Hello! I’ve been busy observing manatees this unique January 2016! I say unique because it’s sometimes been sunny and mild, other times very cold and extremely windy. That is a peak time for manatees to seek refuge! After a very warm December, January has turned out to be rather cold and the weather quite volatile. Despite any obstacles I have been in the water to chronicle the lives of our beloved sirenians – as I do every January, although this January it is harder to encounter decent underwater photographic conditions. In these seven examples I have succeeded in different aspects of photographing what I’m interested in and trying new things. There is a “Challenge on Nature Photography” going on right now across Facebook. Usually folks nominate a new person each day. I was nominated, so instead of posting new images for seven days on Facebook, I’m putting seven here and linking to #challengeonnaturephotography.
Without further ado – here’s seven examples of what me and the manatees have been up to this month:
Due to cold weather and large numbers of manatees, Three Sisters Springs has been closed sometimes, but open others.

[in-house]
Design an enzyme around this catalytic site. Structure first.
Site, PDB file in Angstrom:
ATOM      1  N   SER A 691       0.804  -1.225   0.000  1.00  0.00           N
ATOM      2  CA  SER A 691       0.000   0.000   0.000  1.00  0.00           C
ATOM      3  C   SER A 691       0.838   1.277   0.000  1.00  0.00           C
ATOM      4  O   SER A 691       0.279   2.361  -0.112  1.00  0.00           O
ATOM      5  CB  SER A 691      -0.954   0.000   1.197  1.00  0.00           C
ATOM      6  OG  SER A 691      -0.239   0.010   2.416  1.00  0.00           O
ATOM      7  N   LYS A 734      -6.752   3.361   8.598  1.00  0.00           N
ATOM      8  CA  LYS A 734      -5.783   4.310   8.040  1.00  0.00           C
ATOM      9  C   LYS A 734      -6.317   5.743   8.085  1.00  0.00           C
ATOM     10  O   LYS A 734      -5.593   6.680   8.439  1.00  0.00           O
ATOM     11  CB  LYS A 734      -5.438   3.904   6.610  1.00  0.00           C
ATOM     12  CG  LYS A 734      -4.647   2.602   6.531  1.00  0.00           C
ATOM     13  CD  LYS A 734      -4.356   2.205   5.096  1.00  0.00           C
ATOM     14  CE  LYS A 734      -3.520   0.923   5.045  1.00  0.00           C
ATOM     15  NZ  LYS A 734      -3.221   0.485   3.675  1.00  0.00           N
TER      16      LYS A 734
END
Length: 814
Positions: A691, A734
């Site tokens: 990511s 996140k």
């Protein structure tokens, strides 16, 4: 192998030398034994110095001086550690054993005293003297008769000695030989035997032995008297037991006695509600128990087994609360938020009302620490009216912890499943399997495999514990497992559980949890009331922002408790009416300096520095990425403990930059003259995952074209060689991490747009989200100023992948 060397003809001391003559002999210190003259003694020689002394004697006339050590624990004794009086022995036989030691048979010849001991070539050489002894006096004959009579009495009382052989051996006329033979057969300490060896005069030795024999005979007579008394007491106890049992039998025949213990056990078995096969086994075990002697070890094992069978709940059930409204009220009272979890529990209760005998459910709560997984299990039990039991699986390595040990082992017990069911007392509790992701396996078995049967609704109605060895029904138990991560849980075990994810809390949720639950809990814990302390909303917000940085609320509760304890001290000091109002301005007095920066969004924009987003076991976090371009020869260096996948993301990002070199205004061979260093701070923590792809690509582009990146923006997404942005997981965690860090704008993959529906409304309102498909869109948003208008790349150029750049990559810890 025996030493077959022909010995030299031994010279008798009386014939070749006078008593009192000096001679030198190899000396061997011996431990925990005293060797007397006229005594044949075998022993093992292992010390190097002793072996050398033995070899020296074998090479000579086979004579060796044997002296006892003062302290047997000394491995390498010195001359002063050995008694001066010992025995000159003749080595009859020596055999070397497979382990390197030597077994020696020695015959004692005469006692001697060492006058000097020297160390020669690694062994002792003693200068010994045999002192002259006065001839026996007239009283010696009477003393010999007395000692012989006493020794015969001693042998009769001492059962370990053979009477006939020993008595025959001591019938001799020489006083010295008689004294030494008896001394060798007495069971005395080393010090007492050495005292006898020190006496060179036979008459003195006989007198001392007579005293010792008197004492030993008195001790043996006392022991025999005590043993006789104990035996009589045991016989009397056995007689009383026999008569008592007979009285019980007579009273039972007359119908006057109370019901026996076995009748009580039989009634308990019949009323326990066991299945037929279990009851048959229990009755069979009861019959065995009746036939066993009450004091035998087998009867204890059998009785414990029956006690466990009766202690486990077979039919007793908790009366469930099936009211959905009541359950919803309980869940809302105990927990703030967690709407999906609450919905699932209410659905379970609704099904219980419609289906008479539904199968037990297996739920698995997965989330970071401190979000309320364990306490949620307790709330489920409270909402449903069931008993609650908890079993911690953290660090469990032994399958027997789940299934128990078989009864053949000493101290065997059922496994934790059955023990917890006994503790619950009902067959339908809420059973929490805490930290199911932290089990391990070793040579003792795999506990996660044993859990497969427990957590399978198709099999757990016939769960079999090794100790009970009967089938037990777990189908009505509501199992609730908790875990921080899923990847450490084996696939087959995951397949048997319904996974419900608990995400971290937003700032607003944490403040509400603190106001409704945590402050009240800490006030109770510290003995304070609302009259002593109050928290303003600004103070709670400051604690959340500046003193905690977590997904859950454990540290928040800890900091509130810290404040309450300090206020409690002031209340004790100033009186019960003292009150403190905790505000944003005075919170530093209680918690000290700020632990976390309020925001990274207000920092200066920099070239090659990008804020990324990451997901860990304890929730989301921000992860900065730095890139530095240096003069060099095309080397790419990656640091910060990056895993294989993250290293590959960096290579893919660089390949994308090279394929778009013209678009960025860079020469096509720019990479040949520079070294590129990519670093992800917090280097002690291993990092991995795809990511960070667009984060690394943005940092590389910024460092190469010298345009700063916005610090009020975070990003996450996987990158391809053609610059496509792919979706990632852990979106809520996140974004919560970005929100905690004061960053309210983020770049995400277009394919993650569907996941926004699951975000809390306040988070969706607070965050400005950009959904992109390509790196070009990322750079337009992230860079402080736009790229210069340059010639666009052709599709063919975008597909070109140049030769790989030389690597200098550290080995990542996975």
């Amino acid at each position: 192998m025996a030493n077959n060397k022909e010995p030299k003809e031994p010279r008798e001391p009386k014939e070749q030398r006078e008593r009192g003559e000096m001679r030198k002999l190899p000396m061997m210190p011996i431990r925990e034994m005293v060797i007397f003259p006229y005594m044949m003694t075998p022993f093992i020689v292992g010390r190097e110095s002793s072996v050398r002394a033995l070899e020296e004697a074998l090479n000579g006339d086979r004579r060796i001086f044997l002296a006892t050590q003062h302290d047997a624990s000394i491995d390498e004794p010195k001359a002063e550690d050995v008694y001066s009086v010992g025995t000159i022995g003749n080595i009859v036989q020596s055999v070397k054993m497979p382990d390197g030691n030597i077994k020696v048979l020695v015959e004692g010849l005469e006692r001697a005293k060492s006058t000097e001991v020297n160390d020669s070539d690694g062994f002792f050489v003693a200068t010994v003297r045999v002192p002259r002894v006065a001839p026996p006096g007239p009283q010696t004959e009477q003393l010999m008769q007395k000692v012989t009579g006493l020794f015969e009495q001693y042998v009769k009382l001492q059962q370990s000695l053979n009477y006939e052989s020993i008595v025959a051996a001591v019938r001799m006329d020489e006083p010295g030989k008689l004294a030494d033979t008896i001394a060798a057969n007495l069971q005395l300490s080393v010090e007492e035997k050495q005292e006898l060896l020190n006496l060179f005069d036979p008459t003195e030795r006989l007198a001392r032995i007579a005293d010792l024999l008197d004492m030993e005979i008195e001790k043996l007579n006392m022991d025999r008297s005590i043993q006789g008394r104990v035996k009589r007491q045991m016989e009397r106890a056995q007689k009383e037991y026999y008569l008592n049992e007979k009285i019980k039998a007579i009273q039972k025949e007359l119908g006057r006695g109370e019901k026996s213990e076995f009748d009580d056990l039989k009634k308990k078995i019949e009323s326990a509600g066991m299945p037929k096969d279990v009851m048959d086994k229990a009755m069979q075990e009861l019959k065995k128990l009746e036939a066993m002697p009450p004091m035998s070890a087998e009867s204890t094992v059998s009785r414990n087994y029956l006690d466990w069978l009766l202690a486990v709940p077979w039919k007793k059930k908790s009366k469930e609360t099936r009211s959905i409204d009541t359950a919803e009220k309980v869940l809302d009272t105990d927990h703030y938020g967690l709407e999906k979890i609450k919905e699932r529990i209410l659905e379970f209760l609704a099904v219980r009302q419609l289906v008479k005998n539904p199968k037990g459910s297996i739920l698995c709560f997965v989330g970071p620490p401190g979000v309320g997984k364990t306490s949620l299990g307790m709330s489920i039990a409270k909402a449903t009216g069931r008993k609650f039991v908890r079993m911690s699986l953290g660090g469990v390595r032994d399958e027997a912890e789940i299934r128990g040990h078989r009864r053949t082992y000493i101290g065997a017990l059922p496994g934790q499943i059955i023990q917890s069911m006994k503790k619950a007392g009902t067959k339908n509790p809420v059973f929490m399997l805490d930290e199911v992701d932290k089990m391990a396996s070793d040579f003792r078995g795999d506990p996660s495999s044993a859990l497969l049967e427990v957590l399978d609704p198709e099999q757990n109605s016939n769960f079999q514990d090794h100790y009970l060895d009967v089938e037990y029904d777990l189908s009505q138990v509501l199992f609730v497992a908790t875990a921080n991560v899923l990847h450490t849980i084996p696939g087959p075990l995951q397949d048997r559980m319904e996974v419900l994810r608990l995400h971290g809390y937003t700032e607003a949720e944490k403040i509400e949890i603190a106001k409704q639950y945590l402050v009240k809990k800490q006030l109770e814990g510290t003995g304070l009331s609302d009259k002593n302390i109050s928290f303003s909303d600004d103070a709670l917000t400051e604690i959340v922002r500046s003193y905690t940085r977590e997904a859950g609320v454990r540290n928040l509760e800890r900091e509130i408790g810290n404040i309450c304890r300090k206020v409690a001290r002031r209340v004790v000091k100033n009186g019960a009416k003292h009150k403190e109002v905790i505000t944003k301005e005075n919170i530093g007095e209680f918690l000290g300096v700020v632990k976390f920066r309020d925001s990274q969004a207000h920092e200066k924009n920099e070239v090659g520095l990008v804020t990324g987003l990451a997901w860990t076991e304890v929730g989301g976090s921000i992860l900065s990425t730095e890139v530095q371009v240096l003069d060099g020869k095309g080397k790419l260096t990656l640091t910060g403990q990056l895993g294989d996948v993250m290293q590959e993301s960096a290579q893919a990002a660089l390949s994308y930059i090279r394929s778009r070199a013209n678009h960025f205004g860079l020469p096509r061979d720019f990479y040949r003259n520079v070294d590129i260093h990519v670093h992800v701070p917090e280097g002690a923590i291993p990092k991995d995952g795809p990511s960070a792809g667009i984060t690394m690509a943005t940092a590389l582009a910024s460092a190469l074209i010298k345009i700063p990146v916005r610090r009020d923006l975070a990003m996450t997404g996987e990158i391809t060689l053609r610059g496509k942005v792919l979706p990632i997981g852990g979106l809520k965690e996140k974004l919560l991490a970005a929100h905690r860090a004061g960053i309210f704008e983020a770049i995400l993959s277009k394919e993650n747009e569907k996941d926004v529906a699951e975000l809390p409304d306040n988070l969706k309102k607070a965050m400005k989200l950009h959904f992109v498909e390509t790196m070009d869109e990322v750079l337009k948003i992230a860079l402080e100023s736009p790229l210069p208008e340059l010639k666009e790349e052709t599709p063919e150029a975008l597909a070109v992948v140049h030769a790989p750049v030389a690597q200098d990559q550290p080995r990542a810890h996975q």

I have planned to be in the water for the springs’ open times and even though the rather wild weather has stirred up the water a lot, I’ve still found some windows of opportunity. The mother and calf above were a joy to encounter and the warming natural sunlight felt nice for me too!
My seven photographic selections are weighted towards over/under also known as split-level photographs. These are some of the hardest images to successfully execute, but when they work the view both under and above water portions tell a compelling story and the natural dramatic lighting is very striking!
Even though there just may have been a short interval the back springs were open to snorkelers, I have found my time there very productive and fascinating! Manatees never cease to amaze me with their resourceful creativeness and curiosity!
Some days have been clearer than others. Wednesday, January 13th was a bit cloudy with sediment in the water column. Still, the springs always change and there were pockets of nice water with very interactive manatees.
The sunlight dancing on the spring’s sandy bottom mesmerizes me every time. I try to catch the light when the natural world’s dramatic play is at its very bright crescendo!
I continue to delight in simple, single manatee images. The communication displayed in the photograph above tells me there is wise intelligence there we haven’t yet begun to understand.
It never ceases to amaze me how the manatees know exactly where they want to warm up at Three Sisters Springs! What a delight it is to hang-back and take in the lovely wide view!
So there it is! Seven images all, so far, this January. I have more too!
Thanks to everyone on Facebook who has posted for the #challengeonnaturephotography. It has been most interesting seeing all the variety from all over the world! I hope my contribution is well-received. I think the manatees would like the seven images I picked from their recent excursions!